September 14, 2017
While developments continue to unfold regarding the agency's policy of denying disaster relief to churches and a lawsuit related to the issue, the verdict on FEMA's religious tolerance is still up in the air.
The issue gained attention last week when three Texas churches filed a lawsuit against FEMA due to its policy of denying disaster relief to churches and other groups simply because of their religious nature. Under FEMA's public assistance disaster relief program, repair money is available to a host of entities providing both critical and noncritical services. Examples of noncritical services include venues hosting art classes, food assistance services, health and safety programs, senior services, museums, zoos, and even stamp and coin collecting. Moreover, aid is also available to what are termed "various social functions of community groups." Yet churches are banned under this policy because they are "religious."
But Hurricane Harvey didn't discriminate. When the storm hit the Texas coast, Harvest Family Church, Hi-Way Tabernacle, and Rockport First Assembly of God were all extensively damaged. As the churches document in their lawsuit, roofs caved in, trees fell in the buildings, and flooding caused serious damage to multiple structures. These churches need what is known as "emergency work" under FEMA's public assistance program, yet they will be denied such relief because they are not "eligible" -- solely because they are religious. Unfortunately, without debris removal and repair, according to the churches, people using their facilities and grounds face serious health and safety concerns as a result of "broken glass, sharp metal and wood, downed trees, falling limbs, mold and mildew, slick surfaces, and structures that are weakened by high winds and flooding." While Harvey didn't discriminate, FEMA did, and as a result the churches filed a lawsuit against FEMA challenging its ban as a violation of the Free Exercise clause of the First Amendment. As Diana Verm, a Becket Law attorney representing the churches, observed, "Hurricane Harvey didn't cherry-pick its victims; FEMA shouldn't cherry-pick who it helps."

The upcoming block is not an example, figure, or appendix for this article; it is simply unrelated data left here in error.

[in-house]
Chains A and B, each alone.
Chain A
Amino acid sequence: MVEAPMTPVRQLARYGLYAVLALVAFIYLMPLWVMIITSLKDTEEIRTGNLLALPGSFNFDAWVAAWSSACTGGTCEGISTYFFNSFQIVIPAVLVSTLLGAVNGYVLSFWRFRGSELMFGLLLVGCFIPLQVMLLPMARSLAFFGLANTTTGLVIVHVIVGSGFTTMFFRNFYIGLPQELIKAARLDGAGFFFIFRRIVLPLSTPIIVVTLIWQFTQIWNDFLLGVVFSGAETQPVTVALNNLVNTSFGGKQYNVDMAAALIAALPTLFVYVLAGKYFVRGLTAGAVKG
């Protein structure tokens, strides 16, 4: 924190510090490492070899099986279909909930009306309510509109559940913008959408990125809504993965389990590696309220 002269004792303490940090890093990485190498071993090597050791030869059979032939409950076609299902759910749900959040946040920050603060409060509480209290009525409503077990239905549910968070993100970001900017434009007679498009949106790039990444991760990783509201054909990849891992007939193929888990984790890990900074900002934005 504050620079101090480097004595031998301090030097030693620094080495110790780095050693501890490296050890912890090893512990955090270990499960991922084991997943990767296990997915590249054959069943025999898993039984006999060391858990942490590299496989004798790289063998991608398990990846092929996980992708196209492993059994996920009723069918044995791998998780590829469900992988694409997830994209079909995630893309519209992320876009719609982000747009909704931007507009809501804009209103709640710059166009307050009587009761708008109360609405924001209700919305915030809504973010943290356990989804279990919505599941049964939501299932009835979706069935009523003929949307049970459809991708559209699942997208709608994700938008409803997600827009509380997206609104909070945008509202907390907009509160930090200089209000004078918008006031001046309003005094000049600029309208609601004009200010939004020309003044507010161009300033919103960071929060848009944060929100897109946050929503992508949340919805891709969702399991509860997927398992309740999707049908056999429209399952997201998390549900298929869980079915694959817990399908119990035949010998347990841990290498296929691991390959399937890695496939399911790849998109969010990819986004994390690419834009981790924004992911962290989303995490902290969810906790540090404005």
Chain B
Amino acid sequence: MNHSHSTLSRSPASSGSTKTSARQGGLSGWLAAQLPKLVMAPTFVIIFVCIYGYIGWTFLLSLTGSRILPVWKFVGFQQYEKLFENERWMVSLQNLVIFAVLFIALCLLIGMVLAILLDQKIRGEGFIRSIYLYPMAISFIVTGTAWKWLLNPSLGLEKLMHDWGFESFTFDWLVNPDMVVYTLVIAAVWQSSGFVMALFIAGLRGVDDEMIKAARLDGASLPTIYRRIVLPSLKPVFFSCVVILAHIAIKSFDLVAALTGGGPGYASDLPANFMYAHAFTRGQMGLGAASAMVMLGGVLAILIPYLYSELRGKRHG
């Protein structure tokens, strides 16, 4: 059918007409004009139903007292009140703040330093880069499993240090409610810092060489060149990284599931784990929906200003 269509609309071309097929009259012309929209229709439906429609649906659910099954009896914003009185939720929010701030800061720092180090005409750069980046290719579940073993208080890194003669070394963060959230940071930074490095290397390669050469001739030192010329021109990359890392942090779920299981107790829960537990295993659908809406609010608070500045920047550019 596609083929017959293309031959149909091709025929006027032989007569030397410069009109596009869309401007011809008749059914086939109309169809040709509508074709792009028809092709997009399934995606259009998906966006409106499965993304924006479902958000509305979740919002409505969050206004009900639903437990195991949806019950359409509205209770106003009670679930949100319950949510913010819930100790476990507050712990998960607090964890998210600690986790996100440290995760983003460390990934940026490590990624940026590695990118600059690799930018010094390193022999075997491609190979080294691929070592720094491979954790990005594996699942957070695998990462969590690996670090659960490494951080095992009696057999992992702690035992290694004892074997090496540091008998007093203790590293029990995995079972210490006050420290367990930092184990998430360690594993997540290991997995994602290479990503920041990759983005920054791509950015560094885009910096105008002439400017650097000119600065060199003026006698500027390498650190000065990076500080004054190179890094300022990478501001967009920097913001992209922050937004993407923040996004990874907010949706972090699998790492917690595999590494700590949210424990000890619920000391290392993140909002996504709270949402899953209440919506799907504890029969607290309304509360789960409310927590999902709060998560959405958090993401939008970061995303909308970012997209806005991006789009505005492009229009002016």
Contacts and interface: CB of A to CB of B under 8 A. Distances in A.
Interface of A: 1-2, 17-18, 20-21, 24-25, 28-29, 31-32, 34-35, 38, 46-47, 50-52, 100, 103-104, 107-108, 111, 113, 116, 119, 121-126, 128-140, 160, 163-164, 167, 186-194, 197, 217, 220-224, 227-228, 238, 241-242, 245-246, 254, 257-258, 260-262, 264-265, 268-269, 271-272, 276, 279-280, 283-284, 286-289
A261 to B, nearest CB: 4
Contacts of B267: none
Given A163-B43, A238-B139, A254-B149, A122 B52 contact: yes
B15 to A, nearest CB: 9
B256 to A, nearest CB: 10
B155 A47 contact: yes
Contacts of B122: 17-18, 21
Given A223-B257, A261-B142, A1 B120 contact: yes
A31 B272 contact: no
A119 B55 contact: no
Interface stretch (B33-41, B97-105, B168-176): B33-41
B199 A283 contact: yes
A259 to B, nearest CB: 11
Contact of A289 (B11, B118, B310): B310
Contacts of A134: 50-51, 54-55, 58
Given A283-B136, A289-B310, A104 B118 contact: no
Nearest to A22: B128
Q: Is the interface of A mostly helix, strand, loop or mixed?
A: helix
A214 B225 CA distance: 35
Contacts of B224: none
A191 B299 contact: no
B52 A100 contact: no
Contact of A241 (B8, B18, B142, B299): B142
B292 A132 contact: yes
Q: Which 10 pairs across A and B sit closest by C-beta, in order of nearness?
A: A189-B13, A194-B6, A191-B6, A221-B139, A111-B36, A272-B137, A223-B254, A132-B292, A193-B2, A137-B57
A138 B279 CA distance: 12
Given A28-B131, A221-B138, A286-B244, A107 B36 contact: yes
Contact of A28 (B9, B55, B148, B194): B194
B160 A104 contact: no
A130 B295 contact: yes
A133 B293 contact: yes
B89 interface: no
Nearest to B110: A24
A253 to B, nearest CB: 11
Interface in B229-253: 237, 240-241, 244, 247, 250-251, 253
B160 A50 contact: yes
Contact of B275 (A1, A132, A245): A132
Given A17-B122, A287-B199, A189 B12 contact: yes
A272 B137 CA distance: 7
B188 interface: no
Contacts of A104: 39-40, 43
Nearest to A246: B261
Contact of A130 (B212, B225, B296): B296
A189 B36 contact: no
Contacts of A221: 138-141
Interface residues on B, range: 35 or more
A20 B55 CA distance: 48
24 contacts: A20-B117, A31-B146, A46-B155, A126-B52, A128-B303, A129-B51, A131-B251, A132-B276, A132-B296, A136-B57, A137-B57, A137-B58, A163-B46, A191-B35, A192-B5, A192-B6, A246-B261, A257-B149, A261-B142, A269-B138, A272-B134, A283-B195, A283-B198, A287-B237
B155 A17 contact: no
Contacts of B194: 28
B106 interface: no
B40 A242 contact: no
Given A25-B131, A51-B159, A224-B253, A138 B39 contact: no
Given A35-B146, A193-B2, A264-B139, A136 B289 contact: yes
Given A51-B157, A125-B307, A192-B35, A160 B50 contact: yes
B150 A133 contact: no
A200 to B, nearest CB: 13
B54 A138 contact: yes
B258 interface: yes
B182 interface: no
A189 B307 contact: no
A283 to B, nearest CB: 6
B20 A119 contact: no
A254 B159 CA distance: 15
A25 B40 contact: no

When the issue became public, President Trump seemed to side with the churches, tweeting: "Churches in Texas should be entitled to reimbursement from FEMA Relief Funds for helping victims of Hurricane Harvey (just like others)." Jamie Johnson, Director of the Center for Faith Based and Neighborhood Partnerships with the Department of Homeland Security, replied to the tweet with "Amen!" The Congressional Black Caucus seems to support the move too, noting that churches often provide needed services during disasters, and shouldn't have to fight for reimbursement.
And why should they, when faith groups and churches are providing the lion's share of the effort toward cleaning up after Hurricane Harvey and other disasters? Churches and religious institutions already care for many in the community; it would add insult to injury to deny them the same aid offered to others.
It is ironic, as Becket pointed out, that FEMA is "currently using Hi-Way Tabernacle to shelter dozens of evacuees, distribute meals, and provide medical care." However, "Hi-Way is not eligible for relief for the three-foot flood it suffered in its sanctuary, simply because it primarily uses its building for religious purposes." FEMA recognizes the good that churches do for disaster areas, and regularly uses houses of worship to set up relief centers. The minimum it can do after using them is treat them fairly in its relief programs.
The churches have other cheerleaders too. Congressman Chris Smith has introduced the Federal Disaster Assistance Nonprofit Fairness Act of 2017. Under his proposed legislation, which amends the Robert T. Stafford Disaster Relief and Emergency Assistance Act by implementing the holding of Trinity Lutheran, religious entities will be treated exactly the same as all other entities under consideration for disaster relief assistance. The bill does this in two ways: (1) it amends the definition of "private nonprofit facility" in the Stafford Act to explicitly include "houses of worship" (currently the definition includes museums, zoos, performing arts facilities, community arts centers, community centers, libraries, homeless shelters, senior citizen centers, rehabilitation facilities, shelter workshops, and facilities that provide health and safety services, but not churches); and (2) it amends the definition of what facilities can receive repair money by explicitly saying that houses of worship shall be eligible even if the money is used to repair a building used for religious purposes (in essence, churches would now be completely eligible). This is good legislation and it should be passed and signed into law.
The president can (and should) change FEMA's policy right now, but Congressman Smith's legislation is needed to make the change a statutory one. We urge action in both areas.
For the three churches in Texas, and the many other religious institutions damaged by disasters, such relief can't come soon enough.
Tony Perkins' Washington Update is written with the aid of FRC senior writers.